A review of the Constitution and the Public Finance Management Act shows that legislators have considerable oversight powers to scrutinize and check government borrowing to ensure it is confined within reasonable limits to avoid saddling taxpayers with unnecessary and unsustainable debt burden.
Research has proven that countries with higher levels of fiscal transparency have higher credit ratings and lower spreads between borrowing and lending rates, thus reducing governments borrowing costs.
Another critical issue is whether Parliament is really playing its role of offering the requisite checks and balances to the Executive’s appetite for loans or is it leaving Kenyans to pay the prize of a parliament that has been reduced to a puppet of the executive.
Legislators have the powers to hold the Executive accountable with regard to loans to be procured, projects to be financed by the loans, prudent use of proceeds from loans, the ability of servicing of the loans to ensure taxpayers are protected from excessive and frivolous borrowing.
Parliament has raised a red flag over the ballooning public debt proposing an amendment to the law to regulate government borrowing to be capped at 6 Trillion. New Zealand is a good example of how the law regulates government borrowing of funds.
Their Public Finance Act is founded on two key principles, that is, increased transparency and greater accountability. The Act requires governments to be explicit in their long term fiscal intentions and to assess them against principles of responsible fiscal management.
Loans can be very good with excellent fiscal policies and discipline. It could mean huge investment and development for the country .What does not seem sound is, borrowing to offset another loan.To reduce its burgeoning public debt burden, Kenya must improve its production capabilities in the long term. In the short term, measures must be put in place to reduce government spending and to enhance revenue collection.
However, the high level of public debt in Kenya narrows the window for future borrowing, and increases vulnerability to fiscal risk in the event of any urgent need for borrowing and becomes unsustainable in the long run for Kenya to have a huge public debt burden to be serviced by the taxpayer. China is our biggest lender (637B) and surprisingly most Chinese loans are conditional on Kenya’s acceptance of Chinese contractors.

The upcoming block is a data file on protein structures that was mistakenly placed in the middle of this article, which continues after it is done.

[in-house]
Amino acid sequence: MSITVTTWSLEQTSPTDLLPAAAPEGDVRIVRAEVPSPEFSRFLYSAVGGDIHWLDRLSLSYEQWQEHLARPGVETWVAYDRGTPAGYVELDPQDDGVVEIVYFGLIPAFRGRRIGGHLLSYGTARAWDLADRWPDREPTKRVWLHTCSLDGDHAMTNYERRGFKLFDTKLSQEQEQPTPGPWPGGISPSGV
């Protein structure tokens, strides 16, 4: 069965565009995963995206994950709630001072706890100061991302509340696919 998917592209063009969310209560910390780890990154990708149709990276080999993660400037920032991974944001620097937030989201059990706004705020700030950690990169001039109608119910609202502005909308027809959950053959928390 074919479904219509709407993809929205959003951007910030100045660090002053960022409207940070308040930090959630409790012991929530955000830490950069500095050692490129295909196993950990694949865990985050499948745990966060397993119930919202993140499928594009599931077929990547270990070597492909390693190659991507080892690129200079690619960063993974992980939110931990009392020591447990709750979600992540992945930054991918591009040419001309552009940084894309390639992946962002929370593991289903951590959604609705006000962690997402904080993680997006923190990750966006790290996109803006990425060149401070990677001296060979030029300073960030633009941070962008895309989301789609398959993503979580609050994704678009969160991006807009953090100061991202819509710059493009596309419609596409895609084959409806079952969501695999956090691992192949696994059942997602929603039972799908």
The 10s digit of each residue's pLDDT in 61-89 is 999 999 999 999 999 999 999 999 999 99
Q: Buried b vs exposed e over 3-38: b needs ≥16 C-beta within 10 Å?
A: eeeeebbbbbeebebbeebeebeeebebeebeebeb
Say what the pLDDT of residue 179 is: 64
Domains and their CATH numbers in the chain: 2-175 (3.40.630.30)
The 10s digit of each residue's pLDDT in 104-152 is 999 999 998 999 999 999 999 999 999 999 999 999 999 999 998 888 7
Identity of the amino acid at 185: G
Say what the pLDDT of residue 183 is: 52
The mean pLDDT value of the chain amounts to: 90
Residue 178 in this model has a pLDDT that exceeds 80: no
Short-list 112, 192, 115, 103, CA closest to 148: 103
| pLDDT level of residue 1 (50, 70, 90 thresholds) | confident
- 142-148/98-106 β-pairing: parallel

This limits the loans’ developmental impact through potential technology transfers which could improve the country’s productive capabilities and in turn its future ability to comfortably absorb the debt burden. These loans retain a strong commercial flavour.Most of the Chinese’s loans require that the government of the host country will need good credit and be capable of servicing the debt ,this is an indication that the Chinese government will and can not forgive the debts as was seen in the case of Sri lanka.
The government has listed three non performing loans including Ksh 7.9 billion by State Broadcaster KBC, Tana &Athi River’s Development Authority Ksh 1.2 billion loan as well as East African Portland Cement that has a loan of Ksh 1.5 billion. These institutions will be auctioned if these loans will not be paid.
There is need to adhere to Article 206 of the Constitution of Kenya and provisions of the Public Finance Management Act, 2012 in the management of public resources and Parliament should be more vigilant, by not approving any reckless borrowing which overburdens the tax payer, otherwise we should be very afraid.
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By Steve Ogolla